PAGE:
6. Walk or ride their horse instead of driving
Fuel is expensive. Walking, snow shoeing, and horseback riding are the way to get around out in the country. Even with SUVs and Diesel trucks, we don’t buy fuel very often—in fact it’s been six months since I fueled my SUV and it’s nearly full.
Try it now: Not everyone has a horse, I get it. Try riding your bike, taking the bus, train, or even car-pooling. You may surprise yourself at how much you don’t need your vehicle, and how much you save on fuel.
We don’t always have money—be we do generally have things that other people need. Why not trade? This is a weekly occurrence, if not more often. In the summer and fall, I can take my extra produce to the local market and get store credit for the other things we need (like coffee). Homesteaders trade food, services and items no longer needed.
Try it now: Need a house sitter? Try offering a service or talent of yours to someone to watch your house for you. Need your neighbor to work on your car? Offer to babysit his kids one night so he can go on a date with his wife.
8. Use it up, wear it out or make do
This is just what it sounds like. Clothes don’t get thrown away until they are worn out. That last bit of detergent doesn’t get tossed when the bottle gets low—it gets used. Don’t have enough baking powder for that biscuit recipe? Substitute or make a different recipe.
Try it now: Never throw away your clothes if they are still good. Try specifically to give them to someone you know (or barter?). If no one comes to mind, donate them in lieu of throwing them away. Turn those pants you hate into cute capris. Skip your next clothes shopping trip if you don’t need an item.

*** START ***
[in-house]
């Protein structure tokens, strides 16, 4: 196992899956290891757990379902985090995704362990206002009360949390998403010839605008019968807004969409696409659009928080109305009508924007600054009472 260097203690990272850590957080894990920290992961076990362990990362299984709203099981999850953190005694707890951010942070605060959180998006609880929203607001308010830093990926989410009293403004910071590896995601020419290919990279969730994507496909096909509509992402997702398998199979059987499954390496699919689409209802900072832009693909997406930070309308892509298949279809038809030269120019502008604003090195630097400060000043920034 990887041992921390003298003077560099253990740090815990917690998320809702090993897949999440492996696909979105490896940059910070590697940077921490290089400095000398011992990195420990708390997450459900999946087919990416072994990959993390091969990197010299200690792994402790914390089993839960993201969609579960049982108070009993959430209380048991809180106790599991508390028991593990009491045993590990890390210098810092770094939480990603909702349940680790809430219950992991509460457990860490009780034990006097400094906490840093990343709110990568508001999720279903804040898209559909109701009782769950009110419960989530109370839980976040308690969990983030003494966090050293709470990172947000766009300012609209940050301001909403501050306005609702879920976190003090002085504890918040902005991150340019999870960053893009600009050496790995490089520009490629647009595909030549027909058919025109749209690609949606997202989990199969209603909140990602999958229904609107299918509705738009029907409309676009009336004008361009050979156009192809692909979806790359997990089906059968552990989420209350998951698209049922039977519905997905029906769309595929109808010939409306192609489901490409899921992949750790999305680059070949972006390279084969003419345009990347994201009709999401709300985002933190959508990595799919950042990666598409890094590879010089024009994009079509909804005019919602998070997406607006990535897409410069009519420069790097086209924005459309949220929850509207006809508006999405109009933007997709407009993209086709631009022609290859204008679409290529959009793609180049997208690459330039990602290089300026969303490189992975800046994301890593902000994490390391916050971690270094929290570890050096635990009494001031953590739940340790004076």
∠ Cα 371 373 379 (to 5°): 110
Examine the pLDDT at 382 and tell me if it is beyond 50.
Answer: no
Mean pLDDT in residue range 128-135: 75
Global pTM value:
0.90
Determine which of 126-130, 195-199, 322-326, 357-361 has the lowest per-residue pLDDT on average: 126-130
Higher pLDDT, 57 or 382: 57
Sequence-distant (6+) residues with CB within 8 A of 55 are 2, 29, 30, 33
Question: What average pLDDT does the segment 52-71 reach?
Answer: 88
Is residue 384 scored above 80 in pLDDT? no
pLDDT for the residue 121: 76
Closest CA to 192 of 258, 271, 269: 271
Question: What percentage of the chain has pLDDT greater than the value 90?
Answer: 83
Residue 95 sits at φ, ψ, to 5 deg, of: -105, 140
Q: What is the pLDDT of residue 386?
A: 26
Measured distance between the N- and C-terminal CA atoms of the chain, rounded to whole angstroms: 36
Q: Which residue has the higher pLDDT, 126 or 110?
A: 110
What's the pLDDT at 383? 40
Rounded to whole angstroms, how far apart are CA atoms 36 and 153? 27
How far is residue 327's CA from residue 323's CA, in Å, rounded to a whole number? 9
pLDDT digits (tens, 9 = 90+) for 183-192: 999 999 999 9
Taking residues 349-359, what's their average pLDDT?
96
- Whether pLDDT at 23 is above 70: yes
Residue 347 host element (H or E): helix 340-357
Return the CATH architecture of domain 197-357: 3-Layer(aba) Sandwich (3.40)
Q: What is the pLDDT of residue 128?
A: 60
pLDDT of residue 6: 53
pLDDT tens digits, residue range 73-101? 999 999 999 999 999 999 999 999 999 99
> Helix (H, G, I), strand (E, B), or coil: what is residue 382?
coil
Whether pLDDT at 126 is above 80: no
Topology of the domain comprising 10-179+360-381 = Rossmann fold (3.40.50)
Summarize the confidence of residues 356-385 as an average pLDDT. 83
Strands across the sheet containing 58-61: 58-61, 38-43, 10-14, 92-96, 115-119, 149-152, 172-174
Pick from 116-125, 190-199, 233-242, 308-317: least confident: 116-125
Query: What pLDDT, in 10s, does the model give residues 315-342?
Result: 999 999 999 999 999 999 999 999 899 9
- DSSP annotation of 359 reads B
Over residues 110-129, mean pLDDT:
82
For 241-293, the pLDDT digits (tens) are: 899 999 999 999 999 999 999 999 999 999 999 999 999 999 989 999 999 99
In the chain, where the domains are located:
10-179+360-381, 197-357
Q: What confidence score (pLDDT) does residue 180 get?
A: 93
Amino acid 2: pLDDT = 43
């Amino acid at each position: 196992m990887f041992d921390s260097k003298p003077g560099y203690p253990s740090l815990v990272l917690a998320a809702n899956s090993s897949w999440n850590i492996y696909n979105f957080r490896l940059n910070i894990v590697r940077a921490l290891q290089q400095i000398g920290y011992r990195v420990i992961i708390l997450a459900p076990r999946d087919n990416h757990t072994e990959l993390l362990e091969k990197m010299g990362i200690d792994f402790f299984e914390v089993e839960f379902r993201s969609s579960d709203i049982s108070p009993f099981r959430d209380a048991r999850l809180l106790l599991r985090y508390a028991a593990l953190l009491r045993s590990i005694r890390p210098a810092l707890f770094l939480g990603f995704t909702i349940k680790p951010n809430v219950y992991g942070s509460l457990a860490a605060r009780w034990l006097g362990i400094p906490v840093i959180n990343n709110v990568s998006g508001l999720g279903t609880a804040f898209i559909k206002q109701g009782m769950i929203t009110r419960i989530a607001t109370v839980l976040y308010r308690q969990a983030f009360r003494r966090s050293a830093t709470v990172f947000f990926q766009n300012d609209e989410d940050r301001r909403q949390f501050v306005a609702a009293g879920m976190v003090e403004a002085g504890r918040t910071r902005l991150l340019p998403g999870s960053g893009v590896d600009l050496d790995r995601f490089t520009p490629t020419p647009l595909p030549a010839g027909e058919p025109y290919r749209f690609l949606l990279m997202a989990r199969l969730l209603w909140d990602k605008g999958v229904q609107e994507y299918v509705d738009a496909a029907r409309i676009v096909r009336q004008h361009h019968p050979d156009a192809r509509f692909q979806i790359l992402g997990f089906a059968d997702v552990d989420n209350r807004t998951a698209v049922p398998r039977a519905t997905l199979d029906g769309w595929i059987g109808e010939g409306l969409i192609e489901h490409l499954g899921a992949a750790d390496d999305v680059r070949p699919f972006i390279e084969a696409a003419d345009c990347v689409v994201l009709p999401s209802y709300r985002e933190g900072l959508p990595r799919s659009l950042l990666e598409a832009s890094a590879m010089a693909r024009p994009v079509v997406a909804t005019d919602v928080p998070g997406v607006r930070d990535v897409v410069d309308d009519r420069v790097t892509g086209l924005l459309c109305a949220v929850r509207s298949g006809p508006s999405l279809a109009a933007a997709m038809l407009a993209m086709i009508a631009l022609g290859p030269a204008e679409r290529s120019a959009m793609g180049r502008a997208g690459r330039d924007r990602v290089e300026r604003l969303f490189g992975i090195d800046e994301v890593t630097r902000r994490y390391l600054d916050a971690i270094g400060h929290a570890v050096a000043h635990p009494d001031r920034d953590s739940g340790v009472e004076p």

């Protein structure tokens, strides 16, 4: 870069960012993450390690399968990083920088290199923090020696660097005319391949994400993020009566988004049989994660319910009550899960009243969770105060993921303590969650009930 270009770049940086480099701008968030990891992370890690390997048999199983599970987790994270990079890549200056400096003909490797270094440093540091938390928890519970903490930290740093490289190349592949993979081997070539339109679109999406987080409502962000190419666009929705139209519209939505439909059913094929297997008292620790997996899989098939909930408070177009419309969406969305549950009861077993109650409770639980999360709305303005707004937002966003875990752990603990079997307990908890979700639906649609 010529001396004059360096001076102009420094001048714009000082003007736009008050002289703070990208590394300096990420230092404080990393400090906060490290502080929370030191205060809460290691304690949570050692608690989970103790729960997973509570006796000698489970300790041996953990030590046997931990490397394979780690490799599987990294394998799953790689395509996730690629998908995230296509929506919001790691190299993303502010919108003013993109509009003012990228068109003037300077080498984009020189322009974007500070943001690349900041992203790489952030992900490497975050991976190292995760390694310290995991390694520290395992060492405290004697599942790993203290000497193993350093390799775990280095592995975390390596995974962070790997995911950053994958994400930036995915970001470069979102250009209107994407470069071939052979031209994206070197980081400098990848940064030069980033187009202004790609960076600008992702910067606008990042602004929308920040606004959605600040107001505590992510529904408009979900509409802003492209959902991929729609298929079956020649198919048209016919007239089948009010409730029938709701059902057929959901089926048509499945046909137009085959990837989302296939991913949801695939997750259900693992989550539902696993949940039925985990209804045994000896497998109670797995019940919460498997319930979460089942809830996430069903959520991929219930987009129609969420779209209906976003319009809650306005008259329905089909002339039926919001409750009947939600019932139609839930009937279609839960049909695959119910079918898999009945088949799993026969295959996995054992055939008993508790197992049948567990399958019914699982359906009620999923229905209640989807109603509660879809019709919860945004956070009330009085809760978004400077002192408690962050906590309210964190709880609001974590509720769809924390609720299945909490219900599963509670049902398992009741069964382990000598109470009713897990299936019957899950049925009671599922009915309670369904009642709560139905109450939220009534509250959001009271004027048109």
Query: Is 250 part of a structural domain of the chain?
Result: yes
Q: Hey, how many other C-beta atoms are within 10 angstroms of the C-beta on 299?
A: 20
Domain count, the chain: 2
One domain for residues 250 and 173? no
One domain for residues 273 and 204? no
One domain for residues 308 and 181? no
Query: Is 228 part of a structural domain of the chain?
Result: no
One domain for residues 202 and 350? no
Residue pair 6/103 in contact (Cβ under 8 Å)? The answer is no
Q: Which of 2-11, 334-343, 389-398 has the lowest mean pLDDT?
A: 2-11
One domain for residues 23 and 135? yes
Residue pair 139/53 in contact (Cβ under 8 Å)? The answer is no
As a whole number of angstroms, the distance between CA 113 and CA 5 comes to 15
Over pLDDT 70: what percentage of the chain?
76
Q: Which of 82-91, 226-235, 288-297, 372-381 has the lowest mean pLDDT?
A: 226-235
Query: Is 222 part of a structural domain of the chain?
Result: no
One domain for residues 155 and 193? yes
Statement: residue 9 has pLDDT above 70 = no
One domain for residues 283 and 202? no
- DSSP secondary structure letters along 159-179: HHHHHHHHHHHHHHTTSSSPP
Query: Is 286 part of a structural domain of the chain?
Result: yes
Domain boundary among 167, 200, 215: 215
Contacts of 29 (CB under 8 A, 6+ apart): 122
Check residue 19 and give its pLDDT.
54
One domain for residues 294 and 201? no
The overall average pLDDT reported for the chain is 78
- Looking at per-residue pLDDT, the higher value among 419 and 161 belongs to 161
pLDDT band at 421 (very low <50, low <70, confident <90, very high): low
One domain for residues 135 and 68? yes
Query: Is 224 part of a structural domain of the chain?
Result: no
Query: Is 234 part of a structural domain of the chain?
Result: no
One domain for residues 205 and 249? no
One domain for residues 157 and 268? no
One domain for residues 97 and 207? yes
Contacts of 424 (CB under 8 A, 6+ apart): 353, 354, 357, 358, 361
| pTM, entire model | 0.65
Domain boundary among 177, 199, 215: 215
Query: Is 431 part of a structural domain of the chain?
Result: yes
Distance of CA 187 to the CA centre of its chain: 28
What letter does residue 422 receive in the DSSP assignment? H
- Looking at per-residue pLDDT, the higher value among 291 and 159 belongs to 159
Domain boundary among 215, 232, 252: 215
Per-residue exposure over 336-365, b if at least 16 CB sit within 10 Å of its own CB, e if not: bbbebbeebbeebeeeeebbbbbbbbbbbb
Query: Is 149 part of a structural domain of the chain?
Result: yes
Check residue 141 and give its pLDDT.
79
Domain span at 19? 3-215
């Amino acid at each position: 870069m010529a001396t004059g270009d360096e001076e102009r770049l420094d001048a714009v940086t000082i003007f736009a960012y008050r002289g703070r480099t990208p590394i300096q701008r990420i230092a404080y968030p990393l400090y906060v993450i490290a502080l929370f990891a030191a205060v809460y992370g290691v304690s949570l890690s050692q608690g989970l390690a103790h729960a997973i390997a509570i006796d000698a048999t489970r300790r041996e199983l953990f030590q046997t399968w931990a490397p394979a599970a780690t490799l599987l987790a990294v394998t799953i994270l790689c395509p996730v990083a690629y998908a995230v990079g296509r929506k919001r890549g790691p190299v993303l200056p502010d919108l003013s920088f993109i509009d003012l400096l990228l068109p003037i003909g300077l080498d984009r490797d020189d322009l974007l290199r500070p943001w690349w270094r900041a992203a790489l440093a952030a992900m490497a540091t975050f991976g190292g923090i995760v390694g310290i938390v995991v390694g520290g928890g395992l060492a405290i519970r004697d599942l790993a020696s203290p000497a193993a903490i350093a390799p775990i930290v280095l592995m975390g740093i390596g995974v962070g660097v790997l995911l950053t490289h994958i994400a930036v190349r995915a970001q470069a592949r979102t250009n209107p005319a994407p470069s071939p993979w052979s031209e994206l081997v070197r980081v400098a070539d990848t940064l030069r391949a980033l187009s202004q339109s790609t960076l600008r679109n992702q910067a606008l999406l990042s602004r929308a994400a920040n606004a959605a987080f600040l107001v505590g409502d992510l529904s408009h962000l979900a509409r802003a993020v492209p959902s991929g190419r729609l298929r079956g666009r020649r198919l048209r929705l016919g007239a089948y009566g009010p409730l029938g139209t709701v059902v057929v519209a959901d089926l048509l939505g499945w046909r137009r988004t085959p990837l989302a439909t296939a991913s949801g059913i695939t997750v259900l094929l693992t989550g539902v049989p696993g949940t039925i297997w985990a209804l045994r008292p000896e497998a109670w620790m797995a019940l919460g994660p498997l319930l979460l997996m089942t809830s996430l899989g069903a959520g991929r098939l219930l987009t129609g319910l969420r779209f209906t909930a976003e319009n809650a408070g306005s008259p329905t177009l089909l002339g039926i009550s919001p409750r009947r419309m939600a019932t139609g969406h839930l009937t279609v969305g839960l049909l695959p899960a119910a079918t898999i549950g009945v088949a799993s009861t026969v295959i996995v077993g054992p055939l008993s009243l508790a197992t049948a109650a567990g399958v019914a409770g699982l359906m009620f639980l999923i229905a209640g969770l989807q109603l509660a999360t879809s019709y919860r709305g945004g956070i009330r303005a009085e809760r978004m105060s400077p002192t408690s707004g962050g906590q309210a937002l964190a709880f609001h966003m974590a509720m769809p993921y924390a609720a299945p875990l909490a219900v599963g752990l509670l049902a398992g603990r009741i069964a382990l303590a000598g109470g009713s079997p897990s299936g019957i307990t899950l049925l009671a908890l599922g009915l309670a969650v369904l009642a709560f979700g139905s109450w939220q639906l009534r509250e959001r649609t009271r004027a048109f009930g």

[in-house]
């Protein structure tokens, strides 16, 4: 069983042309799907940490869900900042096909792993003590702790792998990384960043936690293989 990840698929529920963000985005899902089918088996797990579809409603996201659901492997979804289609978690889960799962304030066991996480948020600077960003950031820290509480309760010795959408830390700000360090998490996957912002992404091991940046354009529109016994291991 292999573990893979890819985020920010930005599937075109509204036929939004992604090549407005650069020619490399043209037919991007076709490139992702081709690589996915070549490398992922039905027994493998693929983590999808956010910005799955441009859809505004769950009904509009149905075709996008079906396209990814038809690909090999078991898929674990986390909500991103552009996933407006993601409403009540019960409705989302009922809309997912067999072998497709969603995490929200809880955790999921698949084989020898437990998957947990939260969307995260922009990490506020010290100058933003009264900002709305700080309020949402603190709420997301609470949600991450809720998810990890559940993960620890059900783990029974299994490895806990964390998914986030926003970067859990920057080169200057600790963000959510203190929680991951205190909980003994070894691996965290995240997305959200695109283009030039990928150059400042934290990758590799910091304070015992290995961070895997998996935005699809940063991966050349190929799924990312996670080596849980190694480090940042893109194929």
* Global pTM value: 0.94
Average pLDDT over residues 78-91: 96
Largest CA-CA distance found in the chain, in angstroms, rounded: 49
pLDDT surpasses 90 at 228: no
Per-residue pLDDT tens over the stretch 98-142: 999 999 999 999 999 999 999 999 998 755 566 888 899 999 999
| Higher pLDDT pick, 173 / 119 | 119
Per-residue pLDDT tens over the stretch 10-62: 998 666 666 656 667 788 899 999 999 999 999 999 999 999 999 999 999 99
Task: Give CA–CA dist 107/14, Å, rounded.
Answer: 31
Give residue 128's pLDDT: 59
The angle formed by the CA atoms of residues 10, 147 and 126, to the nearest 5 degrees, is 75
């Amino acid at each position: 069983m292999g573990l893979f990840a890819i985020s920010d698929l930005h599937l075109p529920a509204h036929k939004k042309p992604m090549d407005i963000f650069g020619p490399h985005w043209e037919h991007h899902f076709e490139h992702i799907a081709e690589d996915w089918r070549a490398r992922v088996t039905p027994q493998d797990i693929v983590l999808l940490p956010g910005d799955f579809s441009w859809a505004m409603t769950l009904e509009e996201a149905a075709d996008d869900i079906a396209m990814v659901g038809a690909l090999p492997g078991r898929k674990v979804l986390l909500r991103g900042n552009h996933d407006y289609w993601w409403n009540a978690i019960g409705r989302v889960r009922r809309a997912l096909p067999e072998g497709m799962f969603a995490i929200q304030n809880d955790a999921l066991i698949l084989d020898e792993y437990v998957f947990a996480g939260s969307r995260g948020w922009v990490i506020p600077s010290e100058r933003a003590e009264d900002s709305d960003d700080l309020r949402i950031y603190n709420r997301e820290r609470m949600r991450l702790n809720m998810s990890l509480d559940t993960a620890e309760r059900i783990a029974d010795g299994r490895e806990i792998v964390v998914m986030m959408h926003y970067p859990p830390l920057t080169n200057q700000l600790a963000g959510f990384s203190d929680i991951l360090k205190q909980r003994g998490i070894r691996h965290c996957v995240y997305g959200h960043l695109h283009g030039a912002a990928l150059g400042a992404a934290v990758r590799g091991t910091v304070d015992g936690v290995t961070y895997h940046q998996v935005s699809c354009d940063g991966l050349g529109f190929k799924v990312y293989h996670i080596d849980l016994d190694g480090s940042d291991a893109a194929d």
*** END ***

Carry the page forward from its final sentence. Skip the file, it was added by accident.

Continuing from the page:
9. Have learned to be content
When I first got married, I wanted to build a new house down by the river. I also missed the swimming pool I had that I swam in every morning and wanted one of those. I never got either one. I now know I don’t have time to swim and take care of a pool, and I have fallen in love with this little farm house.
Homesteaders don’t purchase things unless they really need it. I am content and now happy with the layout of our farm. It would have cost hundreds of thousands of dollars to do what I wanted and I wouldn’t have been any happier.
10. Develop priorities
We don’t have time to do it all and buy it all.
It’s tempting to start another project in the middle of the current one—and then start another project while in the midst of the second one. But if you let yourself fall to this temptation, you’ve wasted money on unfinished projects that you can’t use.
Figure out what’s important and invest in that. Once that project is done, you may find your priorities have changed for the rest of your list.
Try it now: If you’ve already started house projects, don’t start any more until these are done. Then pick new projects one at a time to start and finish.
If your child suddenly wants to play every instrument, take dance, and play baseball, ask him/her to prioritize.
Whew! That was a lot. What can you pick off the list to try? Let us know if you’re willing to give one a shot and then check back and tell us how it goes.
After growing up and working in large cities like Sacramento and Chicago, Deborah met her Farmer through unusual circumstances and moved onto the original homestead settled by his family. From the fast paced life of trauma and heart surgery to the new challenge of living off the land, homeschooling, and women’s ministry; her world has taken a complete turn. Life skills have changed and so have finances–both in dramatic ways. Here Deborah shares the skills she has learned to adjust to a simpler, more self-sufficient, and frugal lifestyle.